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Faure songs
Charlotte de Rothschild (soprano);

  Founder: Len Mullenger
Classical Editor: Rob Barnett

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Joaquín RODRIGO (1901 - 1999)
Retablo de Navidad, for soprano, bass, chorus and orchestra (1952) 15
Himnos de los neófitos de Qumrán, for three sopranos, male chorus and chamber orchestra (1965-74) 234
Música para un códice salmantino, for bass solo, mixed chorus and orchestra (1953) 5
Cántico de San Francisco de Asis, for chorus and orchestra (1982)
Raquel Lojendio (Sop) 1
María Jesús Prieto (Sop) 2
Victoria Marchante (Sop) 3
Ada Allende (Sop) 4
David Rubiera (bar) 5
Chorus of the Comunidad de Madrid
Orchestra of the Comunidad de Madrid/José Ramún Encinar
rec. Sede de la Orquesta y Coro de la Comunidad de Madrid, Hortaleza, Madrid, 9-12 July 2002
NAXOS 8.557223 [71'48]

 

The recording industry is led by the "majors", isnít it? Itís implicit that all the other companies are "small fry", a cloud of relatively insignificant cottage industries. But who decides which companies are the members of this exclusive "majors" club? No, I donít know - I was rather hoping that you could tell me! Then I could ask the gentleman, or lady, or committee or whatever, "Could you please tell us why Naxos isnít a Ďmajorí?" Letís face it, Naxos isnít known as a "major", but it jolly well ought to be.

Iím not about to dredge through the story yet again, except to point out that that while the rest of the recording industry was gloomily sliding down its own entropy gradient, Naxos was gaily sliding up the same. Itís now getting to the point where the only advantage the "majors" have is their brace of contracts with "big names". However, the way that the "majors" are now dropping big-name contracts like hot bricks, it can be only a matter of time - and not much time, either - before even this angle is reversed.

Of course, one of the great joys of Naxos - other than the price! - is the now utterly gob-smacking, multi-dimensional breadth of its repertoire of music, 99% of which seems to be at the very least passably presented, performed and recorded. For the foreseeable future, the companyís only risk seems to be that of collapsing under the sheer weight of it all. In the meantime, Naxos diversifies into the parts that other companies just donít seem to reach. Take the present issue, which represents not one but two aspects of that diversification: "national" series and "single composer surveys", both of which are surely of inestimable value to students and "serious" music-lovers, and also to the incurably curious and compulsive "completists".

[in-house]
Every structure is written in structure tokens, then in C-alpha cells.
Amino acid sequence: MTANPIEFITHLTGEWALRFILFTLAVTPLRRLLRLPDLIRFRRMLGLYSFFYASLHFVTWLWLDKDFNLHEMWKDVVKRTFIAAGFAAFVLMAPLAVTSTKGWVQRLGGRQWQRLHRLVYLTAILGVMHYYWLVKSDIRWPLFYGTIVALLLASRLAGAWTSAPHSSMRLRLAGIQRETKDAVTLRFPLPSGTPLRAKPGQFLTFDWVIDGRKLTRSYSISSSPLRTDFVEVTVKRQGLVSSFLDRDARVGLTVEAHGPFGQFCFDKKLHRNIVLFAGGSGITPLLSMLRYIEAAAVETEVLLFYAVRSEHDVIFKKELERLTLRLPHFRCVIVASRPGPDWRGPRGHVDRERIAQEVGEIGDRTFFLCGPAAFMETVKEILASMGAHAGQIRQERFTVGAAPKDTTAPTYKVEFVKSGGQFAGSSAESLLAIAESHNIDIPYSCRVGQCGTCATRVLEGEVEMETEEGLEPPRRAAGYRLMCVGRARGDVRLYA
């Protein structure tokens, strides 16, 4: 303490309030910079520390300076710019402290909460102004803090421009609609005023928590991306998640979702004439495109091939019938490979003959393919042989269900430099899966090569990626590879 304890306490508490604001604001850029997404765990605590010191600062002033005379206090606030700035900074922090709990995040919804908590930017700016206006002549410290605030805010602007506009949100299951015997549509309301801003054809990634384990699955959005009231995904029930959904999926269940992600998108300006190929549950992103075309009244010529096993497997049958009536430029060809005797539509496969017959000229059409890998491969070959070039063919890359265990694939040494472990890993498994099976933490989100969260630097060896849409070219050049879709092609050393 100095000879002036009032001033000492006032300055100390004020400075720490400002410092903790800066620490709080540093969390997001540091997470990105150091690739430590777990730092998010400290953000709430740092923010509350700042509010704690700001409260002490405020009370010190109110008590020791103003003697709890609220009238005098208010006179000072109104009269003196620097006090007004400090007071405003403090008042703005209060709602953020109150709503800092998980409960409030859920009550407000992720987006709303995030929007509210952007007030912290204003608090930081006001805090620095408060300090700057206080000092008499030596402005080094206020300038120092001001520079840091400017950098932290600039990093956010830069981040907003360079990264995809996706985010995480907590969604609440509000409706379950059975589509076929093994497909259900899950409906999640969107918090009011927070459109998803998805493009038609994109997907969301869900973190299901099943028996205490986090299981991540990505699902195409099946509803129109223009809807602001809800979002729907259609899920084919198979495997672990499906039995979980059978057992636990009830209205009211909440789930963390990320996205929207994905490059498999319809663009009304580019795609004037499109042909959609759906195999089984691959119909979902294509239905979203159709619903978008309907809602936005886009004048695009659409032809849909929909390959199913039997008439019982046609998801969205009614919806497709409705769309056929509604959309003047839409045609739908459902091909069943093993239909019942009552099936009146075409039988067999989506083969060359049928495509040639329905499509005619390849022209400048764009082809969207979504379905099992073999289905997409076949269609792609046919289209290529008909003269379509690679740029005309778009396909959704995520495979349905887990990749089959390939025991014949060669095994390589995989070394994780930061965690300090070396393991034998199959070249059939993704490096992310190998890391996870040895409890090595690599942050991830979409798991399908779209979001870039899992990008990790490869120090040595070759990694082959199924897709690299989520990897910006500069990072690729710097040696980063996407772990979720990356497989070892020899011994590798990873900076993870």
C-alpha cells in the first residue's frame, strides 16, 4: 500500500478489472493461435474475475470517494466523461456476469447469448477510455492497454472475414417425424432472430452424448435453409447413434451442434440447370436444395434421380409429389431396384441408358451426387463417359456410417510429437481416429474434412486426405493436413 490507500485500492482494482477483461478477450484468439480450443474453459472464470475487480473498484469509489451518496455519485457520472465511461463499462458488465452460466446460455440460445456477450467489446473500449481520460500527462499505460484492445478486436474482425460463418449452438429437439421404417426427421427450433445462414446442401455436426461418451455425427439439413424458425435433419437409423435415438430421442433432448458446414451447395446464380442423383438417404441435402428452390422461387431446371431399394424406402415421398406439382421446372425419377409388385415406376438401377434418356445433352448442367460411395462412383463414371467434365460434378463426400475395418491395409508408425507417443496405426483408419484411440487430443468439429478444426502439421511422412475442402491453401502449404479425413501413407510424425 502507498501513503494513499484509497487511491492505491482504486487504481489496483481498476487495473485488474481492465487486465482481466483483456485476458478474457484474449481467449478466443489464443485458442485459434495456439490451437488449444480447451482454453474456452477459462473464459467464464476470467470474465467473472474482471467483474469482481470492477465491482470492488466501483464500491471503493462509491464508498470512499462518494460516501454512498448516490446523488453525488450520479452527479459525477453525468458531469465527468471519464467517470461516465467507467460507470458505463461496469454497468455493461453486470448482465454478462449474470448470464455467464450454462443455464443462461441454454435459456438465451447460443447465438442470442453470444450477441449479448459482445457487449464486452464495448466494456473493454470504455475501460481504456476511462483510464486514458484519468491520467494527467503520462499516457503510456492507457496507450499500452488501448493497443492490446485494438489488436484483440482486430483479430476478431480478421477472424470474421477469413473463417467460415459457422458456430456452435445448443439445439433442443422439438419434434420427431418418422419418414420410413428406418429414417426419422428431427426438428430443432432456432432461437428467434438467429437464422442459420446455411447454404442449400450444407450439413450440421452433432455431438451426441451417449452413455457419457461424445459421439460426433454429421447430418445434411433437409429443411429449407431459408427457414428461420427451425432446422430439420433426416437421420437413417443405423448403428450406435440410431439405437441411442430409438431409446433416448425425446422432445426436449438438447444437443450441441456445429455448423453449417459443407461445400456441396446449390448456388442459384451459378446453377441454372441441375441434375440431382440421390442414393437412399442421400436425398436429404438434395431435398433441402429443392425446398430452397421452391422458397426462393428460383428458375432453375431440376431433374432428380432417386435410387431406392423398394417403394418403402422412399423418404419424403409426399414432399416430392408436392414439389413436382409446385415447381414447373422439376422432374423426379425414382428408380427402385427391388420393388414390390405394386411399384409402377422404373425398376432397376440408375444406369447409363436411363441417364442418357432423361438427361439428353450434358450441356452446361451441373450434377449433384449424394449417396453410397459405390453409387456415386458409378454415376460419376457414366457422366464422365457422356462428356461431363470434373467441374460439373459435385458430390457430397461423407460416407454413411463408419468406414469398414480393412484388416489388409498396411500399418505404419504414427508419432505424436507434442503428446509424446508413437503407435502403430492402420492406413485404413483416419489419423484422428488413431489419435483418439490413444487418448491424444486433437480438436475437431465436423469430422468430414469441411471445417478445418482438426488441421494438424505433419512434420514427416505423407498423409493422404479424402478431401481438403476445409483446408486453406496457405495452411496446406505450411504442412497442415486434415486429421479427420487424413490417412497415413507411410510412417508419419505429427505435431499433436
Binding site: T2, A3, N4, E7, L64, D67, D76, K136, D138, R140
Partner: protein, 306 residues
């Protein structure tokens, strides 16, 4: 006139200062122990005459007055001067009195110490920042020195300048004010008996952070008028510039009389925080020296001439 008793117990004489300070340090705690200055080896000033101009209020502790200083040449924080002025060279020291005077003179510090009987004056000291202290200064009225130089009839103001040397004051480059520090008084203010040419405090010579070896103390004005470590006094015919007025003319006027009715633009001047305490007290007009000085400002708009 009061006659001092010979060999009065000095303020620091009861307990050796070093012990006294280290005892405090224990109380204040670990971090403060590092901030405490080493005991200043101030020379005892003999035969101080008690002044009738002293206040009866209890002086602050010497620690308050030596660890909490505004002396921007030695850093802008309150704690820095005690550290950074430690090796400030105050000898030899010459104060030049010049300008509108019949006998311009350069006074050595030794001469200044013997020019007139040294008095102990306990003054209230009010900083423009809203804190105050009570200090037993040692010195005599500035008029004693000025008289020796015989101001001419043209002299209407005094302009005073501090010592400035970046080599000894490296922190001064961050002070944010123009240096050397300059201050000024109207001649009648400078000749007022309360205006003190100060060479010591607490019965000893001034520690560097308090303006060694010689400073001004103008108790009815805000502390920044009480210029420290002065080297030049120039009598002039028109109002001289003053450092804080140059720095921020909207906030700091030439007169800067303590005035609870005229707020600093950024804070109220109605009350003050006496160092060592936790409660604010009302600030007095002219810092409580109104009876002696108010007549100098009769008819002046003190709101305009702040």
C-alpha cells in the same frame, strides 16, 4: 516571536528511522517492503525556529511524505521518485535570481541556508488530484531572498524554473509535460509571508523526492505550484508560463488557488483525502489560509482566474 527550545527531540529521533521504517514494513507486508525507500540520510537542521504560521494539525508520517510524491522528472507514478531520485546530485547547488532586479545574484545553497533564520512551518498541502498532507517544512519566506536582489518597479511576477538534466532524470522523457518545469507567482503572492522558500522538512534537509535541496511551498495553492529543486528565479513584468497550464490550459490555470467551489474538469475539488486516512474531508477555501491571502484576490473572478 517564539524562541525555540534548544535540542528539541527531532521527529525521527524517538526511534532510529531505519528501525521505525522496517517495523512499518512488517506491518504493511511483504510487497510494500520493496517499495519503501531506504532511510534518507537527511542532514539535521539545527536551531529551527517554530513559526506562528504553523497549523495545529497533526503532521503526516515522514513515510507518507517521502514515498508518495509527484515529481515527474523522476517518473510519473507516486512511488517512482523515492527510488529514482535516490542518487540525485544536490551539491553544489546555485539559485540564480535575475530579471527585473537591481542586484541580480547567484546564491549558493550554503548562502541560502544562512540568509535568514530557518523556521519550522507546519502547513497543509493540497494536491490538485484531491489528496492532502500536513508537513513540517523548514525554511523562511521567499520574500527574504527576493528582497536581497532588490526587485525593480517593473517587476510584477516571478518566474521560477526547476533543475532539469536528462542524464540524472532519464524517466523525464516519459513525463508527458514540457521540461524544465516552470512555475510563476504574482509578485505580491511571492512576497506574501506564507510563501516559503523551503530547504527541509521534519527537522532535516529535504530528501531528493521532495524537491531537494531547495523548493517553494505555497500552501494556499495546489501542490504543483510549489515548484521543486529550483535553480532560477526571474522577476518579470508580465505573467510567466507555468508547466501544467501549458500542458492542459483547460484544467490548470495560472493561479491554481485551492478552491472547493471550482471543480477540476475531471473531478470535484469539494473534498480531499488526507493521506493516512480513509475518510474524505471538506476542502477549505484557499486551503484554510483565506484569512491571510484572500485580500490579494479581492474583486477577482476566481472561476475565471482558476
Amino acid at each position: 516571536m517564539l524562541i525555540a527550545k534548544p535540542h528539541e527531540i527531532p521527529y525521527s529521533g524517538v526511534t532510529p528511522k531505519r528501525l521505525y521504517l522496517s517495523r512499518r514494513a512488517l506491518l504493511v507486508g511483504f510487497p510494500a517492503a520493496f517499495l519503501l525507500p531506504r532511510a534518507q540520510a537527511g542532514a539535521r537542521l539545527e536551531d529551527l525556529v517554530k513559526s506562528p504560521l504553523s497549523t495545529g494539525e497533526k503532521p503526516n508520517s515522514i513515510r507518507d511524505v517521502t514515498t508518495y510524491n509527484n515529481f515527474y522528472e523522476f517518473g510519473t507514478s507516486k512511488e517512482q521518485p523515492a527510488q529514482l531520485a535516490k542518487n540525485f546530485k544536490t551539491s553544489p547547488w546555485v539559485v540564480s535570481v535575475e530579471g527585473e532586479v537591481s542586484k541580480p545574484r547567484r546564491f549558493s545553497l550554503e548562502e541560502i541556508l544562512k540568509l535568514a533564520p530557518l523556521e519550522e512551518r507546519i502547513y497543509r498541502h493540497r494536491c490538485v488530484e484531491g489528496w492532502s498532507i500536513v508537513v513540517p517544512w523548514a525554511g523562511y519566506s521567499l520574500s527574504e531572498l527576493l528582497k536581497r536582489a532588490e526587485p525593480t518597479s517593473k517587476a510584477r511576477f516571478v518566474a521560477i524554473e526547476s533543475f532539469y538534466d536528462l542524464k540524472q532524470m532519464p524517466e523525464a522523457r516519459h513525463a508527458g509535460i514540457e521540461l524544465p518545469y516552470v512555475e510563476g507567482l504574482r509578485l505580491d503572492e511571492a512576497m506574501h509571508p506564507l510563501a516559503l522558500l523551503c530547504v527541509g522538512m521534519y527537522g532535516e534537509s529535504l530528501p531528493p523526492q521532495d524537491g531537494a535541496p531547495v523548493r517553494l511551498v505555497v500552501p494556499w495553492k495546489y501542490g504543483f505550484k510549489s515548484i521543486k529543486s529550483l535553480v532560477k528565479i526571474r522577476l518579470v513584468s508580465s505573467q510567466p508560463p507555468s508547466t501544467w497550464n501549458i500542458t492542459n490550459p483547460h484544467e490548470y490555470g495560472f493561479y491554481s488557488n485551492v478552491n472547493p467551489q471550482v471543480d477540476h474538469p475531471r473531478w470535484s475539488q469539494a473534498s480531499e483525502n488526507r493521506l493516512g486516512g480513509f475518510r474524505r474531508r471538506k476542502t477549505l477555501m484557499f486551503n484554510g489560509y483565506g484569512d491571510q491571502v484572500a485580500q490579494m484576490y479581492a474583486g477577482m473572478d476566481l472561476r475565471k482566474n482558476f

Right, as if to prove a point, hands up all those who know Rodrigo only through his Concierto de Aranjuez. My, but thatís a lot of hands, even if we disqualify those who know only the second movement! If we toss in the Fantasia para un Gentilhombre, considerably fewer hands will go up, I shouldnít wonder. Almost half of Rodrigoís entry in the record catalogue consists of recordings of those two works. That may be a better spread than that enjoyed by Rodrigoís teacher, Dukas, but then only a dozen or so of his works survive, whereas there is a river of Rodrigo in which to swim.

Naxos have produced a series of eight CDs covering Rodrigoís complete orchestral works. Alright, it doesnít exactly challenge Gargantua-like complete Mozart or Bach editions. However, whereas the latter editions merely cement the well-worn flagstones of broad highways, this relatively modest effort more or less lays a whole new path. For me this seventh volume, featuring Rodrigoís works for voices and orchestra, is exactly that: a whole new path. Perhaps I should have mentioned that one of the hands that went up was mine, albeit at the second time of asking?

The booklet is exemplary. The notes by Enrique Martínez Miura, in Spanish, are reproduced in an English translation by Susannah Howe. If I dare make a bet on it, Iíd say English is her first language! There is also a German translation, apparently not of the original Spanish but of the English translation. A bit round the houses, but never mind - if the German reads as well in German as the English does in English, then thereís probably no harm done. Far from it: the notes are pithy and packed with information. On top of that, there are notes on all the participants and full texts with translations by Raymond Calcraft. For some unknown reason the benefits of these last are not extended to German-speakers.

With my lack of foreknowledge, I was glad of the notes because, truth to tell, these pieces struck me - as I imagine they will anyone else who knows only those famous, glowing neo-romantic guitar concertante works - like a faceful of freezing water. Well, apart from the Retablo de Navidad that is, but then youíd hardly expect to be tied in knots by a "Christmas Tableau" (of carols and songs), would you? Not "knotted" maybe - but you will be captivated, from the moment you hear the tapping of a drum at the start right through to the mouth-watering, "lemon drop" dissonances of the final song.